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Inside the August/September 1999 print edition of
Canadian Healthcare Technology:


Feature Report: Business process re-engineering


Community health in Ontario installs EMR software

Ontario’s 56 multi-discipline health centres serving inner city, small town, and other “under-served” communities are out of the electronic starting blocks early. In an unprecedented $2 million purchase of electronic medical record (EMR) technology, the Ontario Association of Health Centres (OAHC) is readying its members to run in Ontario’s slow-to-get-rolling race towards an information technology based healthcare system.

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Robotic heart surgery

The London Health Sciences Centre has emerged as a world leader for minimally invasive heart surgery. Surgeons at the hospital have completed over 200 of the robot-assisted operations, which require only four ‘keyhole’ incisions to be made in the chest. The result? Less pain and better outcomes for patients.

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Tough times for ERP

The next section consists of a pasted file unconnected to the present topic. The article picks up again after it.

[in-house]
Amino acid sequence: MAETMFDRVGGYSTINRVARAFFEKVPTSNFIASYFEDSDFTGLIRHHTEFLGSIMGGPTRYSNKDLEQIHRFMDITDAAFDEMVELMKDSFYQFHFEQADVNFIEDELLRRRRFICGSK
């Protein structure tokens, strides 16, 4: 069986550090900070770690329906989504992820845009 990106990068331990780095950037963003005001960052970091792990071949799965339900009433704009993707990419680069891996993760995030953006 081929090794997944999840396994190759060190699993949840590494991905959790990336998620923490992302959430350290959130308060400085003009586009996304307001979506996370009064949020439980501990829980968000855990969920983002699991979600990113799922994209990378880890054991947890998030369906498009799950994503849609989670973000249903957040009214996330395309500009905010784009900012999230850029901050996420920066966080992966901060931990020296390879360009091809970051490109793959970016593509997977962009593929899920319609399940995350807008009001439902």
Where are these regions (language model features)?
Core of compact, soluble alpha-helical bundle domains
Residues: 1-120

ERP vendors have been posting less than stellar financial results of late. However, the software can often dramatically improve the workings of medium and large sized organizations. That’s why the outlook for ERP is generally rosy for the long-term. AMR Research predicts the $15-billion-a-year ERP market will grow to $52 billion by 2002.

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Voice recognition

Recent advances in voice recognition technology are enabling physicians to dictate reports in minutes, versus the days, weeks and sometimes months needed to complete reports using old-fashioned dictation techniques. We look at two Canadian doctors using the new software.


ICU charting

The Calgary Regional Health Authority has announced that a critical care information system is now operating in the adult intensive care units at three hospitals in the city. It’s believed to be the first system of its kind in Canada and one of the first in North America.

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PLUS news stories, analysis, and features and more.

 

Community health in Ontario installs EMR software

By Andy Shaw

Ontario’s 56 multi-discipline health centres serving inner city, small town, and other “under-served” communities are out of the electronic starting blocks early. In an unprecedented $2 million purchase of electronic medical record (EMR) technology, the Ontario Association of Health Centres (OAHC) is readying its members to run in Ontario’s slow-to-get-rolling race towards an information technology based healthcare system.